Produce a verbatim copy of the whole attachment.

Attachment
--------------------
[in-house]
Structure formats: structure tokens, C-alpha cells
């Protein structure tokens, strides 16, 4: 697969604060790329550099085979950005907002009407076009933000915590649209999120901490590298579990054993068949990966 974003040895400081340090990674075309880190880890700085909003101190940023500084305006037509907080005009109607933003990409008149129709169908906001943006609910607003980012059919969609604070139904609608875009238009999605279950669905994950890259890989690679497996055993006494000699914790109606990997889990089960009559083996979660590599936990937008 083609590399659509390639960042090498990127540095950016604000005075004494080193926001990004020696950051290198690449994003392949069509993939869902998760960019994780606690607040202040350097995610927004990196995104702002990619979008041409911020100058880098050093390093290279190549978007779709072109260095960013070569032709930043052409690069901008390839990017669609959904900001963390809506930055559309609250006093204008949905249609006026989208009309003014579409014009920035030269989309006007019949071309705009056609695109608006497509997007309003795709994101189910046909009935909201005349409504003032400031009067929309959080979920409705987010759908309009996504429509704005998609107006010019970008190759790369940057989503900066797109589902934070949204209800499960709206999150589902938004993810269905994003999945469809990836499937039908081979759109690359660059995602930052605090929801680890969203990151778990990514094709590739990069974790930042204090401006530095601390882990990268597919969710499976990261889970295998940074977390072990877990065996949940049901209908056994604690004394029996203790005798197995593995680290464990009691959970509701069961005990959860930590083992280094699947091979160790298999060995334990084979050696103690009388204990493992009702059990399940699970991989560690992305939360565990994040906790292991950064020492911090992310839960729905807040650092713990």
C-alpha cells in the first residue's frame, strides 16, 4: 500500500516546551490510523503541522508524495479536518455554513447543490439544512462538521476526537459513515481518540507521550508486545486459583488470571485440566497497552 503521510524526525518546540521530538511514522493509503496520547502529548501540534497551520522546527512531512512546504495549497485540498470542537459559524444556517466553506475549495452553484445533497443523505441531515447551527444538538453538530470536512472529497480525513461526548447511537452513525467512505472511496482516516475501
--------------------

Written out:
[in-house]
Structure formats: structure tokens, C-alpha cells
């Protein structure tokens, strides 16, 4: 697969604060790329550099085979950005907002009407076009933000915590649209999120901490590298579990054993068949990966 974003040895400081340090990674075309880190880890700085909003101190940023500084305006037509907080005009109607933003990409008149129709169908906001943006609910607003980012059919969609604070139904609608875009238009999605279950669905994950890259890989690679497996055993006494000699914790109606990997889990089960009559083996979660590599936990937008 083609590399659509390639960042090498990127540095950016604000005075004494080193926001990004020696950051290198690449994003392949069509993939869902998760960019994780606690607040202040350097995610927004990196995104702002990619979008041409911020100058880098050093390093290279190549978007779709072109260095960013070569032709930043052409690069901008390839990017669609959904900001963390809506930055559309609250006093204008949905249609006026989208009309003014579409014009920035030269989309006007019949071309705009056609695109608006497509997007309003795709994101189910046909009935909201005349409504003032400031009067929309959080979920409705987010759908309009996504429509704005998609107006010019970008190759790369940057989503900066797109589902934070949204209800499960709206999150589902938004993810269905994003999945469809990836499937039908081979759109690359660059995602930052605090929801680890969203990151778990990514094709590739990069974790930042204090401006530095601390882990990268597919969710499976990261889970295998940074977390072990877990065996949940049901209908056994604690004394029996203790005798197995593995680290464990009691959970509701069961005990959860930590083992280094699947091979160790298999060995334990084979050696103690009388204990493992009702059990399940699970991989560690992305939360565990994040906790292991950064020492911090992310839960729905807040650092713990």
C-alpha cells in the first residue's frame, strides 16, 4: 500500500516546551490510523503541522508524495479536518455554513447543490439544512462538521476526537459513515481518540507521550508486545486459583488470571485440566497497552 503521510524526525518546540521530538511514522493509503496520547502529548501540534497551520522546527512531512512546504495549497485540498470542537459559524444556517466553506475549495452553484445533497443523505441531515447551527444538538453538530470536512472529497480525513461526548447511537452513525467512505472511496482516516475501